Pennsylvania Commonwealth Court Upholds Finding that Firefighter’s Lung Disease May Not Have Been Caused by Occupation
The Commonwealth Court of Pennsylvania recently analyzed whether a lower court properly rejected a workers’ compensation claim by a firefighter of over 22 years. The Pennsylvania Workers’ Compensation Act includes a definition of occupational disease that states that firefighters of more than four years who develop diseases of the lungs and heart are presumed to have developed these in their employment as firemen. The court in this case, however, rejected the firefighter’s allegation that this presumption was rejected by his employer’s medical expert.
Thomas Swigart filed a Claim Petition alleging he developed chronic obstructive pulmonary disease (COPD) after working for more than 22 years as a firefighter for The City of Williamsport (Employer). Mr. Swigart contended that he was exposed to smoke, fumes, heat, and gasses during stress and weather extremes. He also alleged his COPD forced him to stop working.
The workers’ compensation judge (WCJ) denied the Claim Petition on the grounds that while Mr. Swigart was found to have asthmatic bronchitis, that condition did not prevent him from working as a firefighter. The WCJ contended that Mr. Swigart did not benefit from the presumption that his lung condition was a work-related occupational disease under the Workers’ Compensation Act. Furthermore, Mr. Swigarty had not met his burden of proving a work injury under the Act. Mr. Swigart appealed, and the Board affirmed the WCJ’s decision. Mr. Swigart appealed to the Commonwealth Court.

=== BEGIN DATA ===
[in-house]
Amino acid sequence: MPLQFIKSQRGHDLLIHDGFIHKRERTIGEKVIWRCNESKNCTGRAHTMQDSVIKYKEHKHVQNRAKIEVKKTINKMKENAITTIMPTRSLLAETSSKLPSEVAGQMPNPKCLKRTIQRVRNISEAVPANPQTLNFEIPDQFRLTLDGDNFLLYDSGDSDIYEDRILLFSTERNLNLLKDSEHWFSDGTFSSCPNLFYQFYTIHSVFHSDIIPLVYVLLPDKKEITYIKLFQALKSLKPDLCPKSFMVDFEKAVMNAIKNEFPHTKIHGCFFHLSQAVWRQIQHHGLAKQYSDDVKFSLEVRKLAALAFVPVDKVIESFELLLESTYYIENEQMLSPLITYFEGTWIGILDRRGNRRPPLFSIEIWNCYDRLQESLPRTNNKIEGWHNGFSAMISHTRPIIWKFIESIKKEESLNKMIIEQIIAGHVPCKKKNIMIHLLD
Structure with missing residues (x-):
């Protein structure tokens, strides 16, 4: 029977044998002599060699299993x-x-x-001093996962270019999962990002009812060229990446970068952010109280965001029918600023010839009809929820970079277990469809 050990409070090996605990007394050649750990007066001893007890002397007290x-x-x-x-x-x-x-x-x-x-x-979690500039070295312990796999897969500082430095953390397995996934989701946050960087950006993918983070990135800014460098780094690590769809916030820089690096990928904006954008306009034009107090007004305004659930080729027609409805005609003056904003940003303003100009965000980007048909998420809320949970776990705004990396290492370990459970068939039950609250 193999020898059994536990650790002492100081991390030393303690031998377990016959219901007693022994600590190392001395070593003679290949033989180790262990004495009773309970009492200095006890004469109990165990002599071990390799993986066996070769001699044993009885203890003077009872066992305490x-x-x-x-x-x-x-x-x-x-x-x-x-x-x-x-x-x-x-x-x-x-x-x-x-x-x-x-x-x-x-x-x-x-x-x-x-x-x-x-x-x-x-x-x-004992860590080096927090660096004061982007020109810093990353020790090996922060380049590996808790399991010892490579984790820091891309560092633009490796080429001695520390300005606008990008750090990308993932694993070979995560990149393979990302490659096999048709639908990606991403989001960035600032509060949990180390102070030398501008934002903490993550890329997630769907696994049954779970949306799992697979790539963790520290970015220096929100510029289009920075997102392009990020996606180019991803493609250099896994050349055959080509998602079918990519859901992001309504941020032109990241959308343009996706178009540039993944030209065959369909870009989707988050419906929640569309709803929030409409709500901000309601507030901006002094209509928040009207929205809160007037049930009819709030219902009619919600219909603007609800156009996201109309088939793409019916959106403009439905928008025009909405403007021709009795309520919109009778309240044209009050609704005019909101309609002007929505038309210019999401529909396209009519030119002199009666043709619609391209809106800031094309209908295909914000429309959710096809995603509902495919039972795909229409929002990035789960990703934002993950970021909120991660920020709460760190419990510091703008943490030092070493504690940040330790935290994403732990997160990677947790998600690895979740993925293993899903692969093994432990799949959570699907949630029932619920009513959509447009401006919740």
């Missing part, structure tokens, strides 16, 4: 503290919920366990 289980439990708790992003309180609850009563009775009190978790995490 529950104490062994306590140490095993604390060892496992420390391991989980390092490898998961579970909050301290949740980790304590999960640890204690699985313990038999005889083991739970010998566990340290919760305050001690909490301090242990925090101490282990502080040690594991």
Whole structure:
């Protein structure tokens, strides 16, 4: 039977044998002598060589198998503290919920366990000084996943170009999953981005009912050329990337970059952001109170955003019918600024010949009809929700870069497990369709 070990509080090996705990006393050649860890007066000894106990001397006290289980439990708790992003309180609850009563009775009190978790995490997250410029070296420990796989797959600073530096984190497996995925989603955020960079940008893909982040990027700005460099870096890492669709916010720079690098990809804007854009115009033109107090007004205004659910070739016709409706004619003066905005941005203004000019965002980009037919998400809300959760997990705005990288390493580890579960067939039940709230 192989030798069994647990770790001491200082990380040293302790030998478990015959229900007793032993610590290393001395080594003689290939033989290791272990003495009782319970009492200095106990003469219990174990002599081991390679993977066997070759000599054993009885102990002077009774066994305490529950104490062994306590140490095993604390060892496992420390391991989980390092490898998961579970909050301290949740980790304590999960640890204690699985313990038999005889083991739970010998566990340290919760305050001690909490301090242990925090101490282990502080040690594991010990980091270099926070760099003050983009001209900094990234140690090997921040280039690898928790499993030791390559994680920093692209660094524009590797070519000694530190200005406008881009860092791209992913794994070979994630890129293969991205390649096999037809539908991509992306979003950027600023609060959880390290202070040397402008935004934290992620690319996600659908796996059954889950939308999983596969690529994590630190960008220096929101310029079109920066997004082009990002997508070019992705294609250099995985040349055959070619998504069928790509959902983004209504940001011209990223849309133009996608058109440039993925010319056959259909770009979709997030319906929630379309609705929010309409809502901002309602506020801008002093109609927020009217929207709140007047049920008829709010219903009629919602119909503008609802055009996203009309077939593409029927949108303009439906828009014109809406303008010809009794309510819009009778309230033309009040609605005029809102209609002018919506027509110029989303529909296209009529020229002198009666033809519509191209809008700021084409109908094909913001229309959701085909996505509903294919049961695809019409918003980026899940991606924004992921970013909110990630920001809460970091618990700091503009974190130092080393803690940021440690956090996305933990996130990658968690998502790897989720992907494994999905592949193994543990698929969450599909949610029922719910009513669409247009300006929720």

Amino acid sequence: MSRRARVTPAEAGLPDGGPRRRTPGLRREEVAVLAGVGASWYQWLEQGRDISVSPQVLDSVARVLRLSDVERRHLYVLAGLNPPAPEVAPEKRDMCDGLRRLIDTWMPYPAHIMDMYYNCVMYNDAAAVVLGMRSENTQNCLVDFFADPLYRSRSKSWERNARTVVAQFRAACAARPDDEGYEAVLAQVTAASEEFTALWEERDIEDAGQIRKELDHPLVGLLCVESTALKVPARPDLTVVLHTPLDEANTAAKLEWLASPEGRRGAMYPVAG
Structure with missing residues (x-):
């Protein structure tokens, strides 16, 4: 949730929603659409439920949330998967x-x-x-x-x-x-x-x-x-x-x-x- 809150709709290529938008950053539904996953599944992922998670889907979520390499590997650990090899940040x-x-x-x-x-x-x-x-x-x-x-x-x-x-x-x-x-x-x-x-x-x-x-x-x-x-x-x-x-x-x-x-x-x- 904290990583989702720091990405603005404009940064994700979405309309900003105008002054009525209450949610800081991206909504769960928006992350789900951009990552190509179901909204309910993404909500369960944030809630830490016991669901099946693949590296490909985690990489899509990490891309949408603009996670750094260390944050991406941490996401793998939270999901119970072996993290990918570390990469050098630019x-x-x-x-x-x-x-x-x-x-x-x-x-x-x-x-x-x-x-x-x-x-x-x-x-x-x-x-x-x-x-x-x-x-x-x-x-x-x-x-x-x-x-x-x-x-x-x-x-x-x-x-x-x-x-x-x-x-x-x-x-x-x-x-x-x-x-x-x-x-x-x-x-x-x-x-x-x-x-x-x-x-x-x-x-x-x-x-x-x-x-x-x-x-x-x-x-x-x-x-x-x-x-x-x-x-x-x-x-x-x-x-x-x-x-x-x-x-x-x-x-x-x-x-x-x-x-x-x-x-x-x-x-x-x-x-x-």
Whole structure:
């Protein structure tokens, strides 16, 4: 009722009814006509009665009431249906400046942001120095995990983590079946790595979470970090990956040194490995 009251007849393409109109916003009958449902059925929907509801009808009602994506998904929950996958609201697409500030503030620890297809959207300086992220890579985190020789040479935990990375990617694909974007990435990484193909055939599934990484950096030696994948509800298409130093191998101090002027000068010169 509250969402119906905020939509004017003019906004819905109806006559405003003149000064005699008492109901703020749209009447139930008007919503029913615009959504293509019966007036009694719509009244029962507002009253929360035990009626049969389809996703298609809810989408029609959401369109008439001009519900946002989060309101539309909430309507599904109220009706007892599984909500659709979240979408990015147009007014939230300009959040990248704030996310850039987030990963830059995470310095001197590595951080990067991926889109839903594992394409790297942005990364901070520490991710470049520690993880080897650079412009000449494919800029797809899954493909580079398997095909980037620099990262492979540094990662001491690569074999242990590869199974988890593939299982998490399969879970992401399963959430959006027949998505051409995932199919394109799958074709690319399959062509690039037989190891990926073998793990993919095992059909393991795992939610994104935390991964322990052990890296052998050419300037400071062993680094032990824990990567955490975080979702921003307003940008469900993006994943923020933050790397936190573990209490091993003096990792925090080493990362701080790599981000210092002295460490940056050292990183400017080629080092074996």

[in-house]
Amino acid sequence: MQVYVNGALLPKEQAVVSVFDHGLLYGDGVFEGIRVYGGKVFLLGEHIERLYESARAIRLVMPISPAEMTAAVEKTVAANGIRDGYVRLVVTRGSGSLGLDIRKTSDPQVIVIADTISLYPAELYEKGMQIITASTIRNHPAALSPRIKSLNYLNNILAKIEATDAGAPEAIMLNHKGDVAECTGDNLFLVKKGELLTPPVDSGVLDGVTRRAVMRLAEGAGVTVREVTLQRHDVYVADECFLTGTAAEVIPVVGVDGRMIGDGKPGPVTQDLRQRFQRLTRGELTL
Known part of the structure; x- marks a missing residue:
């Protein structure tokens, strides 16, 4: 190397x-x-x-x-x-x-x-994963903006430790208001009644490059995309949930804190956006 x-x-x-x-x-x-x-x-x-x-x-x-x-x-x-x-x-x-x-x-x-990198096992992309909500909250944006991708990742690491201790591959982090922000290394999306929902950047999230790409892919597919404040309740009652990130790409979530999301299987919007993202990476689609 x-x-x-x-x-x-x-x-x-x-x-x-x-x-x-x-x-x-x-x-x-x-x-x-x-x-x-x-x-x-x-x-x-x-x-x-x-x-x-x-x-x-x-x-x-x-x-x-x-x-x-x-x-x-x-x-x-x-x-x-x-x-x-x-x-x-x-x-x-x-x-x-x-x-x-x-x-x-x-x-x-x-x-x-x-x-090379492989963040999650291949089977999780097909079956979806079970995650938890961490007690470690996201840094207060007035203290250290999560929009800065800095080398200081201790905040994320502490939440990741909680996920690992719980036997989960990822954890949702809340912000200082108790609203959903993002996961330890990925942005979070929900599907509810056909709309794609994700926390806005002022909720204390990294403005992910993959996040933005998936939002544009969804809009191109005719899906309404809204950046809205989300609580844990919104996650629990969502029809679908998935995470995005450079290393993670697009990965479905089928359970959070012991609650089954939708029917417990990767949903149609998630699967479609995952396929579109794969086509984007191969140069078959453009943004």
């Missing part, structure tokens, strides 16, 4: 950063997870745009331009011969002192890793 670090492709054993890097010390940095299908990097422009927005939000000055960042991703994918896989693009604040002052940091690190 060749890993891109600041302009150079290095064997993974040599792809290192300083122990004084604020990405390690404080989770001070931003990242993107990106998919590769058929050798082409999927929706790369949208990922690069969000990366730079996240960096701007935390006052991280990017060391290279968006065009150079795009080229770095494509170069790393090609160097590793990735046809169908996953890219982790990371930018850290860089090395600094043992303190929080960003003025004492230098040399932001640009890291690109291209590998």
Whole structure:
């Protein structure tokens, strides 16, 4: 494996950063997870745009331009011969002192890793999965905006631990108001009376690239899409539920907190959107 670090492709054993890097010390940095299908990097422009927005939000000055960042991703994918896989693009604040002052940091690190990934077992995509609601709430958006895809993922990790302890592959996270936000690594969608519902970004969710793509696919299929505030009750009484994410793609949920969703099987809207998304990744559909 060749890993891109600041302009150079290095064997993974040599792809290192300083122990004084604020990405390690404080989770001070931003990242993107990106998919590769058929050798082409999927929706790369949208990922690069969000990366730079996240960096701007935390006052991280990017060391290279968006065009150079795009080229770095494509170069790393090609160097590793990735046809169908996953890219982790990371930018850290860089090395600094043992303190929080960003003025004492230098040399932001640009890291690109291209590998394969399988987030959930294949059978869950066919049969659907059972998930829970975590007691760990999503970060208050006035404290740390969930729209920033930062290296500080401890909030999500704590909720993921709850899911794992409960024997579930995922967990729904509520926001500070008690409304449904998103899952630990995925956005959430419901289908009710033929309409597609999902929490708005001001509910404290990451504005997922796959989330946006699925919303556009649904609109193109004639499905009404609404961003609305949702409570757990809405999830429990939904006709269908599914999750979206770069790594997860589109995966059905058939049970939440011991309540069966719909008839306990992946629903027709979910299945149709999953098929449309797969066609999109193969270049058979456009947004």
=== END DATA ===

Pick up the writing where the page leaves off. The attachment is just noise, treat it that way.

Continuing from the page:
The appellate court rejected Mr. Swigart’s contention that the Employer’s expert witness failed to acknowledge the occupational causal presumption afforded to firefighters with diseases of the heart and lungs. The Workers’ Compensation Act states that firefighters with more than four years of experience who then develop heart and lung diseases are presumed to have developed those diseases because of firefighting. In this case, the medical expert acknowledged the existence of the presumption but did not attribute firefighting as the first cause of the disease. Instead, the expert relied upon the history provided by Mr. Swigart, including his many years of smoking cigarettes, and the fact that his grandparents suffered chronic lung disease and lung cancer.
In this case, the medical expert for Employer opined that Mr. Swigart’s firefighting was not the cause of his breathing difficulties, nor the cause of his condition. Furthermore, the expert argued that the cause of lung disease includes many factors. Here, the symptoms may have been triggered by firefighting, but they were not caused by the work-related activity.
The court affirmed the Board’s order denying Mr. Swigart’s claim for compensation.
The workers’ compensation attorneys at Needle Law help individuals in Pennsylvania seek benefits for their work-related injuries. If you were injured in the course and scope of your employment, contact our office today at 570-344-1266 for a no-cost consultation.